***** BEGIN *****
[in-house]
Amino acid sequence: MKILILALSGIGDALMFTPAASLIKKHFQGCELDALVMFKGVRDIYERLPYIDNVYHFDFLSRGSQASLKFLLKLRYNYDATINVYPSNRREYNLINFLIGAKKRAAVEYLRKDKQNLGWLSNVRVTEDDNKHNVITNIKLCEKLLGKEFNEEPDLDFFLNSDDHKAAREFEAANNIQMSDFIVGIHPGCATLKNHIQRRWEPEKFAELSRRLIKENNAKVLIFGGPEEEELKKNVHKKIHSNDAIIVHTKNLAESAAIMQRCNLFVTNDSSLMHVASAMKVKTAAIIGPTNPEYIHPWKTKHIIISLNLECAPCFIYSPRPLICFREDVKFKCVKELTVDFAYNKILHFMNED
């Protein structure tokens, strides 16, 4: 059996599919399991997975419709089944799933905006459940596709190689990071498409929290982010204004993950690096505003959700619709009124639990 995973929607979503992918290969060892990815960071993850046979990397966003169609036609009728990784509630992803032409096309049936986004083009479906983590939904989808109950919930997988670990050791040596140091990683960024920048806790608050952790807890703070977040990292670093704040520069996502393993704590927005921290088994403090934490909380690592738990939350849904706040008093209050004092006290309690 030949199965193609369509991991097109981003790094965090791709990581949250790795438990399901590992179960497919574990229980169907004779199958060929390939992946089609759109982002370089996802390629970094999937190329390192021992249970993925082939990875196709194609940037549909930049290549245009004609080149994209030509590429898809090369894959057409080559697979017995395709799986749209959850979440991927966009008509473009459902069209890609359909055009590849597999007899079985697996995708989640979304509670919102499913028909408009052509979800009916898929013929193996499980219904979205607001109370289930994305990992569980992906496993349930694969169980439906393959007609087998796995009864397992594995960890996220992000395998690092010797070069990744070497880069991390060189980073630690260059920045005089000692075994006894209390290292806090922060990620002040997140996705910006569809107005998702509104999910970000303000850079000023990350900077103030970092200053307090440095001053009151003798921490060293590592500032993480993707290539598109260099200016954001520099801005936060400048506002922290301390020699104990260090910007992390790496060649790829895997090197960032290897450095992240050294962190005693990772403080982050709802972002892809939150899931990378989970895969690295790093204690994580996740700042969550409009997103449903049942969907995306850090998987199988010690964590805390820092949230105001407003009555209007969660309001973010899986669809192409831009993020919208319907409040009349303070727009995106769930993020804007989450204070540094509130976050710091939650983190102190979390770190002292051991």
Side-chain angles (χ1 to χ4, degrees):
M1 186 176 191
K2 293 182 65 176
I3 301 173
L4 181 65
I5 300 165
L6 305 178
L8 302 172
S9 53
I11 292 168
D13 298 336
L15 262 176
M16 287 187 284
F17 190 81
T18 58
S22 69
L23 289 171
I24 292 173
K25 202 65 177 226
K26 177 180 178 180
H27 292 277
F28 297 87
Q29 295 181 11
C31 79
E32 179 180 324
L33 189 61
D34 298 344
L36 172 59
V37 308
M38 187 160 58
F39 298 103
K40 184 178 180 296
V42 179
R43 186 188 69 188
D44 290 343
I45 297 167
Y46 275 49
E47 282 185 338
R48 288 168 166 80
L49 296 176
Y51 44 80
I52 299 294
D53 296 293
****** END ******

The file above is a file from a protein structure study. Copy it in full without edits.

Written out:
[in-house]
Amino acid sequence: MKILILALSGIGDALMFTPAASLIKKHFQGCELDALVMFKGVRDIYERLPYIDNVYHFDFLSRGSQASLKFLLKLRYNYDATINVYPSNRREYNLINFLIGAKKRAAVEYLRKDKQNLGWLSNVRVTEDDNKHNVITNIKLCEKLLGKEFNEEPDLDFFLNSDDHKAAREFEAANNIQMSDFIVGIHPGCATLKNHIQRRWEPEKFAELSRRLIKENNAKVLIFGGPEEEELKKNVHKKIHSNDAIIVHTKNLAESAAIMQRCNLFVTNDSSLMHVASAMKVKTAAIIGPTNPEYIHPWKTKHIIISLNLECAPCFIYSPRPLICFREDVKFKCVKELTVDFAYNKILHFMNED
């Protein structure tokens, strides 16, 4: 059996599919399991997975419709089944799933905006459940596709190689990071498409929290982010204004993950690096505003959700619709009124639990 995973929607979503992918290969060892990815960071993850046979990397966003169609036609009728990784509630992803032409096309049936986004083009479906983590939904989808109950919930997988670990050791040596140091990683960024920048806790608050952790807890703070977040990292670093704040520069996502393993704590927005921290088994403090934490909380690592738990939350849904706040008093209050004092006290309690 030949199965193609369509991991097109981003790094965090791709990581949250790795438990399901590992179960497919574990229980169907004779199958060929390939992946089609759109982002370089996802390629970094999937190329390192021992249970993925082939990875196709194609940037549909930049290549245009004609080149994209030509590429898809090369894959057409080559697979017995395709799986749209959850979440991927966009008509473009459902069209890609359909055009590849597999007899079985697996995708989640979304509670919102499913028909408009052509979800009916898929013929193996499980219904979205607001109370289930994305990992569980992906496993349930694969169980439906393959007609087998796995009864397992594995960890996220992000395998690092010797070069990744070497880069991390060189980073630690260059920045005089000692075994006894209390290292806090922060990620002040997140996705910006569809107005998702509104999910970000303000850079000023990350900077103030970092200053307090440095001053009151003798921490060293590592500032993480993707290539598109260099200016954001520099801005936060400048506002922290301390020699104990260090910007992390790496060649790829895997090197960032290897450095992240050294962190005693990772403080982050709802972002892809939150899931990378989970895969690295790093204690994580996740700042969550409009997103449903049942969907995306850090998987199988010690964590805390820092949230105001407003009555209007969660309001973010899986669809192409831009993020919208319907409040009349303070727009995106769930993020804007989450204070540094509130976050710091939650983190102190979390770190002292051991």
Side-chain angles (χ1 to χ4, degrees):
M1 186 176 191
K2 293 182 65 176
I3 301 173
L4 181 65
I5 300 165
L6 305 178
L8 302 172
S9 53
I11 292 168
D13 298 336
L15 262 176
M16 287 187 284
F17 190 81
T18 58
S22 69
L23 289 171
I24 292 173
K25 202 65 177 226
K26 177 180 178 180
H27 292 277
F28 297 87
Q29 295 181 11
C31 79
E32 179 180 324
L33 189 61
D34 298 344
L36 172 59
V37 308
M38 187 160 58
F39 298 103
K40 184 178 180 296
V42 179
R43 186 188 69 188
D44 290 343
I45 297 167
Y46 275 49
E47 282 185 338
R48 288 168 166 80
L49 296 176
Y51 44 80
I52 299 294
D53 296 293